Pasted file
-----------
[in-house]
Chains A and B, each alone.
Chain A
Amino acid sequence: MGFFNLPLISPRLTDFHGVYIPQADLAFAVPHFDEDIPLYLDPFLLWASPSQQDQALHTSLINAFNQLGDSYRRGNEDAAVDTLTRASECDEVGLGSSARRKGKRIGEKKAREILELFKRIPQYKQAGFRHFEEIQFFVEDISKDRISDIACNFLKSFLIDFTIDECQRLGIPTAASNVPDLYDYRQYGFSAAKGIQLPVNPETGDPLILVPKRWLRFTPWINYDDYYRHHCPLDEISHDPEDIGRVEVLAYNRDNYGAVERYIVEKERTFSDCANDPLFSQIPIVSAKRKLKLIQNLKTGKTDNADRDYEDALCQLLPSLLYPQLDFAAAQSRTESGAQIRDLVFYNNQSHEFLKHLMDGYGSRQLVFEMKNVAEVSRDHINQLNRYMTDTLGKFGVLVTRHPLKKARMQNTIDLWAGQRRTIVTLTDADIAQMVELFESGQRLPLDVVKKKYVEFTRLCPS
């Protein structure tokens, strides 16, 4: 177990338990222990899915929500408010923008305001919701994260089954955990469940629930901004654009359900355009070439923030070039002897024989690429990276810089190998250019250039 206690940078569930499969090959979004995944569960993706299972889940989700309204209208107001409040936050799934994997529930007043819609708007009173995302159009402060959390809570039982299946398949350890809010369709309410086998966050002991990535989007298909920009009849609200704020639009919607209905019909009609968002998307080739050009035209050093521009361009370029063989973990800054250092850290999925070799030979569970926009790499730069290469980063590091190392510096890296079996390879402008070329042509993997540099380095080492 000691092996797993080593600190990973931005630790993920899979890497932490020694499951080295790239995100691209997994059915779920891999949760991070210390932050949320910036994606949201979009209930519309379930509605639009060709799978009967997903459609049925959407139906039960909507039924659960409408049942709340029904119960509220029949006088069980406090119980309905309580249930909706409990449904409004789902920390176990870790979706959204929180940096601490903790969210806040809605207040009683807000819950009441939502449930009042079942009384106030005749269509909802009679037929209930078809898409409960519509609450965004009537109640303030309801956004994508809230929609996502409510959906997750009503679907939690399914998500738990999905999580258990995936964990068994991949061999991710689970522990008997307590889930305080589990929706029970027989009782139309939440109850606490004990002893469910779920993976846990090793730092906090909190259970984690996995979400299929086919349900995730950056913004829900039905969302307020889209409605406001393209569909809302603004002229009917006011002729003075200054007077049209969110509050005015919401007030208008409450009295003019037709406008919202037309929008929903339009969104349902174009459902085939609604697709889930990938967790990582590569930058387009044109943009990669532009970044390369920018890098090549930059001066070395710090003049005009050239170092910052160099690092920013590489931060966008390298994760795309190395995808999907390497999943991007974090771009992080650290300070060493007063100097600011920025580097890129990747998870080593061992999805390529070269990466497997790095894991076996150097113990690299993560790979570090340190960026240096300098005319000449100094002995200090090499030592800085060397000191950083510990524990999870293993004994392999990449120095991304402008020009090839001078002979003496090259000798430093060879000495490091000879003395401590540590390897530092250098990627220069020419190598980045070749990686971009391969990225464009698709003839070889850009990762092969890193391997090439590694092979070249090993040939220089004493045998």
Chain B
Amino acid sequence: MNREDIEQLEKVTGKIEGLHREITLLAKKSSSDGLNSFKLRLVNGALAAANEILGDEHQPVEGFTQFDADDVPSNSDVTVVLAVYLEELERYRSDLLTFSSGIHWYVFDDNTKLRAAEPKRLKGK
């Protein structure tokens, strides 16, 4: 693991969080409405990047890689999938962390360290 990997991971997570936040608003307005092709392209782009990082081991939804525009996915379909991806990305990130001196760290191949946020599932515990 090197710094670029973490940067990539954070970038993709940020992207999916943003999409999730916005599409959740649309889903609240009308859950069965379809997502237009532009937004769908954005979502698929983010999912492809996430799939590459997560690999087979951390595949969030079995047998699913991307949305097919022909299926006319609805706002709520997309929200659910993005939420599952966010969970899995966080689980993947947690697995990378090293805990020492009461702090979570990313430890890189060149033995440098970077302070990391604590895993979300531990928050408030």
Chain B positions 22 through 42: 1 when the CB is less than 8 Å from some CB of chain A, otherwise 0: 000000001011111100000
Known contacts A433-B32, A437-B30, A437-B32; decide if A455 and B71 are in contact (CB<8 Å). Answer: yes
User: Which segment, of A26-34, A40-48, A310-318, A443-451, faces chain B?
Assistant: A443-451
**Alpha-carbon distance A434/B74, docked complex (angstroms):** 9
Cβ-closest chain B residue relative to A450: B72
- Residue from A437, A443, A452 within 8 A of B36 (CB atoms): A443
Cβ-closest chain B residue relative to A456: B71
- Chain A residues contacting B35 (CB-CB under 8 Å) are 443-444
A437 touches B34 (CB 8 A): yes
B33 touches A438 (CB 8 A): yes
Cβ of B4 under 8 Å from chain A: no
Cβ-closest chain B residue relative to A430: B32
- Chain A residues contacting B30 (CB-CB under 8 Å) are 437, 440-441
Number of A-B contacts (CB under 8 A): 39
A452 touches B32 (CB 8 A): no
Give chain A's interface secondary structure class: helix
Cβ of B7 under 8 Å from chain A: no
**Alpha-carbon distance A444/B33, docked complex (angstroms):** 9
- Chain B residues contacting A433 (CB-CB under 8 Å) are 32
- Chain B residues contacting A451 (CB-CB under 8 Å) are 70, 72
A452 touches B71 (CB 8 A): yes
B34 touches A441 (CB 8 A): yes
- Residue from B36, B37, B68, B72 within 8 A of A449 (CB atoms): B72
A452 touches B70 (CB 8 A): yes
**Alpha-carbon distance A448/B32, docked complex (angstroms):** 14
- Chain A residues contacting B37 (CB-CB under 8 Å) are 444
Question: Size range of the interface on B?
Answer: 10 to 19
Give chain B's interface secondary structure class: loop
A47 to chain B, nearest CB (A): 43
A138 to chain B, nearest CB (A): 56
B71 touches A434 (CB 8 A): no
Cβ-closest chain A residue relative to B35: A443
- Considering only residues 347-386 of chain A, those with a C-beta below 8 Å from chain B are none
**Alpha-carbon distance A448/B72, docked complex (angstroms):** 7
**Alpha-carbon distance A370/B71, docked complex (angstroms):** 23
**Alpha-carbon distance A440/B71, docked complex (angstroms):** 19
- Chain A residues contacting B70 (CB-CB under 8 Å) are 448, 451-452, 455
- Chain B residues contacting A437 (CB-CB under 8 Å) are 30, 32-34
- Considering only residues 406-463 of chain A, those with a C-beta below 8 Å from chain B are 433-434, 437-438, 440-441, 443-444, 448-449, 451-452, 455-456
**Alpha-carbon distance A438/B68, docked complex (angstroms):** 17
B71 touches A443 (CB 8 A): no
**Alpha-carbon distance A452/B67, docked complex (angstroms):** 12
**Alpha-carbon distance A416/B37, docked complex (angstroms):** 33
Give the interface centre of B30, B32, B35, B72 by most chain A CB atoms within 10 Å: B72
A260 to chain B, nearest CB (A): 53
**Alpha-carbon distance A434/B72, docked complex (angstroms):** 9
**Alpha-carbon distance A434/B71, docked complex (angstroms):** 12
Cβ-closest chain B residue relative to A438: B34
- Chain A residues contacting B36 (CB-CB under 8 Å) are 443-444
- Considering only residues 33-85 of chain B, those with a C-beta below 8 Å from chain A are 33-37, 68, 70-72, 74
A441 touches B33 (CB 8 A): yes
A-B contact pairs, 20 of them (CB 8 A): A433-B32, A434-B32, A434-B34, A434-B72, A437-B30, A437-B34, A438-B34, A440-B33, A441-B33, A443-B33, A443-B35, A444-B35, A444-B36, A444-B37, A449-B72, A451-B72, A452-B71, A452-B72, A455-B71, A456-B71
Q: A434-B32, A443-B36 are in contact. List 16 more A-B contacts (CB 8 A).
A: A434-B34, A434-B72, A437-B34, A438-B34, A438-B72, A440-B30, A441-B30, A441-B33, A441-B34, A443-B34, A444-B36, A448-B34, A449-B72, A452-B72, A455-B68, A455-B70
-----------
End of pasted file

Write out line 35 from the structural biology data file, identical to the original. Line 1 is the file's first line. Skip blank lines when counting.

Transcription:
- Chain A residues contacting B37 (CB-CB under 8 Å) are 444